The answer, according to Underdogma, is: it depends on who is doing the emitting.
Prell then goes on to provide a very clear and lucid example of how one should not confuse the issues with the facts!
In spite of the fact that Chinese CO2 emissions (which continue to rise) have overtaken U.S. emissions (which continue to drop) by 14% , the Chinese get a pass on their pollution by the Underdogmatists. China overtook the U.S. in emissions in 2006!
If CO2 emissions are bad, then concern for the environment should lead environmentalists to heap more scorn on China (which emits more CO2) and less scorn on the United States (which emits less CO2).
This is not happening.
Prell demonstrates this fact with examples and then explains why — Underdogma. Because China is viewed by many western environmentalists as the underdog in terms of economic and political power, this trumps their environmental concerns. Prell points out that it can’t be because China treats their environmentalists far better than America treats its environmentalists. For example, Chinese environmentalist whistle blower Wu Lihong was arrested and sentenced to three years imprisonment after being beaten severely enough to break three of his ribs.
There is much more to this example, but you get the idea.
The book is filled with scenarios like this, including the illogical support of Islamic causes by homosexual groups. Prell points out that the only country in the middle east that does not persecute homosexuals, and in fact welcomes them, is Israel. In some countries homosexual activity is punishable by imprisonment or even death. Prell contends that it is because Israel is perceived as the “overdog” in the region. Because they are powerful – they must be bad.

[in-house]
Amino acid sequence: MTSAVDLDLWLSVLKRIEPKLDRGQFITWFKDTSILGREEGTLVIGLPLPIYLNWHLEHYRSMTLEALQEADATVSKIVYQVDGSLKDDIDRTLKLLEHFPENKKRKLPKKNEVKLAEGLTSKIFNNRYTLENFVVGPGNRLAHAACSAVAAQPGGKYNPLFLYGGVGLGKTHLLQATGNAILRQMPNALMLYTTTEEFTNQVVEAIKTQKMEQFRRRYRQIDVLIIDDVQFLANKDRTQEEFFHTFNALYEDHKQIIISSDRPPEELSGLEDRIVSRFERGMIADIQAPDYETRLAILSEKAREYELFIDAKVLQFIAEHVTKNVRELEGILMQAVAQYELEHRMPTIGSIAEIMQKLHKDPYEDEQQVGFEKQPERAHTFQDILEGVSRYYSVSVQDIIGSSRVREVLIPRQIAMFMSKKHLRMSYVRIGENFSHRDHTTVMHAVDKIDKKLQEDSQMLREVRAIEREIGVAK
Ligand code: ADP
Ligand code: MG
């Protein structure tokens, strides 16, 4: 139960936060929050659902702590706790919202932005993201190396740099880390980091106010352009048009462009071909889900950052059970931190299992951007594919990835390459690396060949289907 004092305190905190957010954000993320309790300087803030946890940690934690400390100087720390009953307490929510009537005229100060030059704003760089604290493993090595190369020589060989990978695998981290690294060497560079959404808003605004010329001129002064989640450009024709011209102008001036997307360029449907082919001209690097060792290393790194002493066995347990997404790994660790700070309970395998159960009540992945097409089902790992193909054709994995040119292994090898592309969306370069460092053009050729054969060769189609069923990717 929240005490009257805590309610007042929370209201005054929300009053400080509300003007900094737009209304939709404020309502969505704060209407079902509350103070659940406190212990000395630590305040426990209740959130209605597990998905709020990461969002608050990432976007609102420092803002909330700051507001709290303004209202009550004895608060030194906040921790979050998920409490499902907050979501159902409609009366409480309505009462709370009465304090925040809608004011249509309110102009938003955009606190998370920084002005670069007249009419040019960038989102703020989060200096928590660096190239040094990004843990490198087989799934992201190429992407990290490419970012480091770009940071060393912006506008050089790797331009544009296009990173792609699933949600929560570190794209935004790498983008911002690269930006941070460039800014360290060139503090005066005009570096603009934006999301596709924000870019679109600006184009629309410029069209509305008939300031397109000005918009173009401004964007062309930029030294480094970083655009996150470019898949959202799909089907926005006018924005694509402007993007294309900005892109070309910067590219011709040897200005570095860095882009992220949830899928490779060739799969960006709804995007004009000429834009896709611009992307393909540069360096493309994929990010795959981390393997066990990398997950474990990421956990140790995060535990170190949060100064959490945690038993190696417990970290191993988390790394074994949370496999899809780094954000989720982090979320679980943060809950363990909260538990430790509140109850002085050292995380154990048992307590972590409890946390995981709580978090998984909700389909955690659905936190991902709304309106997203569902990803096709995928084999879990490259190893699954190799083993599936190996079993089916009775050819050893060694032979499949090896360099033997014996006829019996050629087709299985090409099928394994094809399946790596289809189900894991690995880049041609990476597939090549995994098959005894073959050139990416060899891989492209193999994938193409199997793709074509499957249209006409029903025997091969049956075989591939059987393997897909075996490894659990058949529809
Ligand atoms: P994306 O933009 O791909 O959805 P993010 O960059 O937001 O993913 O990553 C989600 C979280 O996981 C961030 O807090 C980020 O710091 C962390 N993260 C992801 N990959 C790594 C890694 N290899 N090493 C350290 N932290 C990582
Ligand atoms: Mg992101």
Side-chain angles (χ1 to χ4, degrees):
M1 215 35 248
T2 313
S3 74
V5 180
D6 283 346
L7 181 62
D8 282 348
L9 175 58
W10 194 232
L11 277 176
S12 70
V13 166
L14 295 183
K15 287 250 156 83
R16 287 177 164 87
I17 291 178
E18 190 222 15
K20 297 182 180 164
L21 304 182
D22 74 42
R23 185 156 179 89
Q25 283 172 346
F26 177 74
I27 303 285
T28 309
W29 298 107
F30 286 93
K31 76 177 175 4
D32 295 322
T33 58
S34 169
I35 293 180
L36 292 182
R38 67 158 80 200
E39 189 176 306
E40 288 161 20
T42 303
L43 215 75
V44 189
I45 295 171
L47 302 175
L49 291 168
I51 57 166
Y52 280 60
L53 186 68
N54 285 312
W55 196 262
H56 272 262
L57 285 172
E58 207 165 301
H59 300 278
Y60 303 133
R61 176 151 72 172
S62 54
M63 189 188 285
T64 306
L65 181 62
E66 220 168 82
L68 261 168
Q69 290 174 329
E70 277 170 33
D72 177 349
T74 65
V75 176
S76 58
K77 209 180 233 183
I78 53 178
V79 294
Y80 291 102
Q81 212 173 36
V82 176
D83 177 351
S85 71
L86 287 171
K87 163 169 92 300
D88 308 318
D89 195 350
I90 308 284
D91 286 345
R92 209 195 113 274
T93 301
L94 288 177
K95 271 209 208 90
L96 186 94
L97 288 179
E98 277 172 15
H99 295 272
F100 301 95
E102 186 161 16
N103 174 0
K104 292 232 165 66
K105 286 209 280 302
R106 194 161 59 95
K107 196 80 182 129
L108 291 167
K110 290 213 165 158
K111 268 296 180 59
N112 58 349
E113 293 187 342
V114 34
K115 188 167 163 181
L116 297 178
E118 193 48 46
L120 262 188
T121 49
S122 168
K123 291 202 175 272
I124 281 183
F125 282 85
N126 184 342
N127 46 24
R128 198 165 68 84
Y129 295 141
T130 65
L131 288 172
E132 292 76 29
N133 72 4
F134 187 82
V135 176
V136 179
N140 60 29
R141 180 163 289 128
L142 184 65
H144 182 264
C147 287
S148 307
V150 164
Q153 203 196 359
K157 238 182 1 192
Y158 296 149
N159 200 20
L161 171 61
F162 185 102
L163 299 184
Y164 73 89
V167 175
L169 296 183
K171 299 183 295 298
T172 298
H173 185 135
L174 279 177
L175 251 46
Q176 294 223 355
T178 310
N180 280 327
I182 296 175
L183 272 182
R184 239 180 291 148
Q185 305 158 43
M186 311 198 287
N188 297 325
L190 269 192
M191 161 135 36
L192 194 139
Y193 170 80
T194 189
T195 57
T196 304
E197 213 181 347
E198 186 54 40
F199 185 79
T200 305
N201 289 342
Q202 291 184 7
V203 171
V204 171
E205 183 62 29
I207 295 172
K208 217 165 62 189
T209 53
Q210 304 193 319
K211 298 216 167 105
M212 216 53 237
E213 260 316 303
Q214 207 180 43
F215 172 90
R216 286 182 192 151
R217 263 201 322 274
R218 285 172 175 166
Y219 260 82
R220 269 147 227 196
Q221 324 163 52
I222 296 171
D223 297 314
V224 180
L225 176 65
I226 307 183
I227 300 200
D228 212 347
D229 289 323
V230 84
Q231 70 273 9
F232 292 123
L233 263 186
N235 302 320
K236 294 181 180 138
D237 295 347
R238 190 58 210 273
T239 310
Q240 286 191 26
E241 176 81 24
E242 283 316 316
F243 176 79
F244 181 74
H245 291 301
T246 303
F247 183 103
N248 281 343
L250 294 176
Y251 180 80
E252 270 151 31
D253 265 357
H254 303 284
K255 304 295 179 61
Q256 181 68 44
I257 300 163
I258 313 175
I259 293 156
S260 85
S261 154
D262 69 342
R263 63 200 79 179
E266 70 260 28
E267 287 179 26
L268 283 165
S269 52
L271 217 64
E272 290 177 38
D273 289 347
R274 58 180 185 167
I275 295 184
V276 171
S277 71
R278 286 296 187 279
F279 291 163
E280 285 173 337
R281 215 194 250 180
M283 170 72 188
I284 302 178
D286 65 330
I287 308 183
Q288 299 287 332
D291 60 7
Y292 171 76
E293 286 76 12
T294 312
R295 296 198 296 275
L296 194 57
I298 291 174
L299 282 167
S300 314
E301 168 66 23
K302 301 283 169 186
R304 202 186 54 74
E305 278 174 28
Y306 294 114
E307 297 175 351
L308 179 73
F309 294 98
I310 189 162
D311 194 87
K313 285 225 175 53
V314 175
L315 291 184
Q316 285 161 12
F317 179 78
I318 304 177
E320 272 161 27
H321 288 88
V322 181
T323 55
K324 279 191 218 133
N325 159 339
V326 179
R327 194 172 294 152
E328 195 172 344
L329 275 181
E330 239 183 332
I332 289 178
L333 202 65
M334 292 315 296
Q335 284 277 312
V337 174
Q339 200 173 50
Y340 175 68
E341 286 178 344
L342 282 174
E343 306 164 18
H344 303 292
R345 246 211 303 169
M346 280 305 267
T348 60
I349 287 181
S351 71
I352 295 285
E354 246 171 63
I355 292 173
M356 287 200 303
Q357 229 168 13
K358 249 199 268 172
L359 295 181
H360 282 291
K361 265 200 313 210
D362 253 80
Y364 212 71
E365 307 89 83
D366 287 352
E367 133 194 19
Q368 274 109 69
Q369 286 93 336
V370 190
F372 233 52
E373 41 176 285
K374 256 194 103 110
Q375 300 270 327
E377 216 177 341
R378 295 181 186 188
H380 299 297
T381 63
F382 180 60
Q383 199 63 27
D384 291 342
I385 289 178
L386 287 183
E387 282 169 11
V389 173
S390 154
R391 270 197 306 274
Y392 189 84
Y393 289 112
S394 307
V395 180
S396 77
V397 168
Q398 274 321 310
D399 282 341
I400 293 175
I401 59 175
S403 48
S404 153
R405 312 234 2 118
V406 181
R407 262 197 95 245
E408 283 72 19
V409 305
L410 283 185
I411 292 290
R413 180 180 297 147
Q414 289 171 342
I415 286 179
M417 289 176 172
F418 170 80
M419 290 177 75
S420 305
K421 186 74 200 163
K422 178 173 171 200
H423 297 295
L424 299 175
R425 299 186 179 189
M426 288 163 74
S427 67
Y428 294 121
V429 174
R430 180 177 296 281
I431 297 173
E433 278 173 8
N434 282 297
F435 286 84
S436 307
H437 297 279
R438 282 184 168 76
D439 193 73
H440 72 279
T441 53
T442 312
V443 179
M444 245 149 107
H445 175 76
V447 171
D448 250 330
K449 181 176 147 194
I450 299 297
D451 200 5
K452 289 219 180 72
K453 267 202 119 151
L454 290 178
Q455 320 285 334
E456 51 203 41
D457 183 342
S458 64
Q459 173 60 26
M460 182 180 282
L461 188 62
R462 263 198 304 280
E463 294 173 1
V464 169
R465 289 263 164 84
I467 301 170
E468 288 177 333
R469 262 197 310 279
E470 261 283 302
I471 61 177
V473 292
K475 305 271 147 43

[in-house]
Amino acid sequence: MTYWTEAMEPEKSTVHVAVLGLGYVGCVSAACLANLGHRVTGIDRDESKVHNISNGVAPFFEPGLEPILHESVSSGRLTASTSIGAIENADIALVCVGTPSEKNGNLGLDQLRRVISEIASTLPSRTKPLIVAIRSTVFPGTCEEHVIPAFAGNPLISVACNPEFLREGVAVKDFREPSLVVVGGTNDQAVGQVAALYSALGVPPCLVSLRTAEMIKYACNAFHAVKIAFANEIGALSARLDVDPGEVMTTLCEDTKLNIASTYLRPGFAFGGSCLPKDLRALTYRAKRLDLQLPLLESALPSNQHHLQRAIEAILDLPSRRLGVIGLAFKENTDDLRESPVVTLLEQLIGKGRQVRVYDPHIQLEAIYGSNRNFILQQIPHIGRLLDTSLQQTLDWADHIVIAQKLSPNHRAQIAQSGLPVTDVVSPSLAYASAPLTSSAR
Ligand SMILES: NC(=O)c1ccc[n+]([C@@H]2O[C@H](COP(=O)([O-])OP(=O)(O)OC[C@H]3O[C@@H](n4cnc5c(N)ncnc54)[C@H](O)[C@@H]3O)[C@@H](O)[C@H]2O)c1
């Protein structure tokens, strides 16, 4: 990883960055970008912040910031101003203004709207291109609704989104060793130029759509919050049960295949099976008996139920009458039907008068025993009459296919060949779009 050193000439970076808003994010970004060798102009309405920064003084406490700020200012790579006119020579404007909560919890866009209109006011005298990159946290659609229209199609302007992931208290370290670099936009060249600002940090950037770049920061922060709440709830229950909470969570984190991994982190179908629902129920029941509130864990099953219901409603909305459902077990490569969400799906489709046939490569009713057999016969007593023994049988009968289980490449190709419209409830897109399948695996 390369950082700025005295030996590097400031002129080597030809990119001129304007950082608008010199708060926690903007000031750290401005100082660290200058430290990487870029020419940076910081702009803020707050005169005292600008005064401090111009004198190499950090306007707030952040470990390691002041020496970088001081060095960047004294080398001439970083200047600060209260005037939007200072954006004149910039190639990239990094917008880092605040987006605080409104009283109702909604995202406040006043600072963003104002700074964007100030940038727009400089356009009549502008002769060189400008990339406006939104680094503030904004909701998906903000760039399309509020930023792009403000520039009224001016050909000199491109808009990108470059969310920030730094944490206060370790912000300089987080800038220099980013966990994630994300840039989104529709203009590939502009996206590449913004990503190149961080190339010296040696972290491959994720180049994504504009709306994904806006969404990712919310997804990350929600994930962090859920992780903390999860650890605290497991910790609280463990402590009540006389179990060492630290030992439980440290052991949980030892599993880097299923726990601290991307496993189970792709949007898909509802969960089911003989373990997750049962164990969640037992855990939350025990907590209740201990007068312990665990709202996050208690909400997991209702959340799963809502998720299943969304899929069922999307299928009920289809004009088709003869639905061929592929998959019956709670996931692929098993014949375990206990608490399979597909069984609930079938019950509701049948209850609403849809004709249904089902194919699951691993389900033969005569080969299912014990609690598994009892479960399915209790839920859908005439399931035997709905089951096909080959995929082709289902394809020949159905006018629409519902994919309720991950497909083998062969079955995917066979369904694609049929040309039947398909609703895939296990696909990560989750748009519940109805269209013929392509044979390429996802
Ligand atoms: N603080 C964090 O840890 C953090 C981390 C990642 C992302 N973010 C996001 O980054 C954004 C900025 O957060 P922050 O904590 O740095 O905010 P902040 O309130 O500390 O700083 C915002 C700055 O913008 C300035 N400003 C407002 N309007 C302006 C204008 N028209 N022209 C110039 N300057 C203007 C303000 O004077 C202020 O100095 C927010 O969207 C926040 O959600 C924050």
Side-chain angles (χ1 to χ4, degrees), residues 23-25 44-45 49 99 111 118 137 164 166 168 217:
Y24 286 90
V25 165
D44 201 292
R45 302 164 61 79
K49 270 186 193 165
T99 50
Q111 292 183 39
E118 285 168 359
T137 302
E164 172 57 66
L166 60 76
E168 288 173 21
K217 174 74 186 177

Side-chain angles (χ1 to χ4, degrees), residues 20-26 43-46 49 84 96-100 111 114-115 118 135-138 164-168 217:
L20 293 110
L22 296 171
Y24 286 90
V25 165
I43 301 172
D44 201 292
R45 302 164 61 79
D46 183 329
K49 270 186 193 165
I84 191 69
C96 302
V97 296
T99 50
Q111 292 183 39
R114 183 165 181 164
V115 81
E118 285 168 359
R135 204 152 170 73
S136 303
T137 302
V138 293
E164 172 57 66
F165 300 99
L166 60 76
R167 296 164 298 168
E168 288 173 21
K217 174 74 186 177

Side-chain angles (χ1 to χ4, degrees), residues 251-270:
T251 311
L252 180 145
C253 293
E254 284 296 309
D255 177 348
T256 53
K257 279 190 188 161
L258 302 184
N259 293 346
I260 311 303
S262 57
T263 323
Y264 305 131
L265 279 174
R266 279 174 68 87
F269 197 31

One of the most striking examples in the book is the contrast between the Abu Ghraib prison scandal and the UN rape-for-food scandal.
Prell doesn’t defend the abuse of terrorist prisoners by US soldiers that took place from October to December of 2003. In fact he says it was wrong. However, he does compare the scope, scale, heinousness, and coverage of the two scandals. Scores of United Nations soldiers raped starving children in exchange for food, between 2004 and 2010. Yet the United Nations child rapes scandal has garnered less than 1.3% of the coverage that the Abu Ghraib scandal did. There has been little damage to the UN’s position as the world arbiter of right and wrong. No member states have prosecuted their “peace keepers.” Conversely, the US prosecuted and jailed soldiers who were involved in the humiliation of terrorists at Abu Ghraib. Prell points out that this scandal never made the cover of Newsweek and that there were no PBS or HBO specials about it.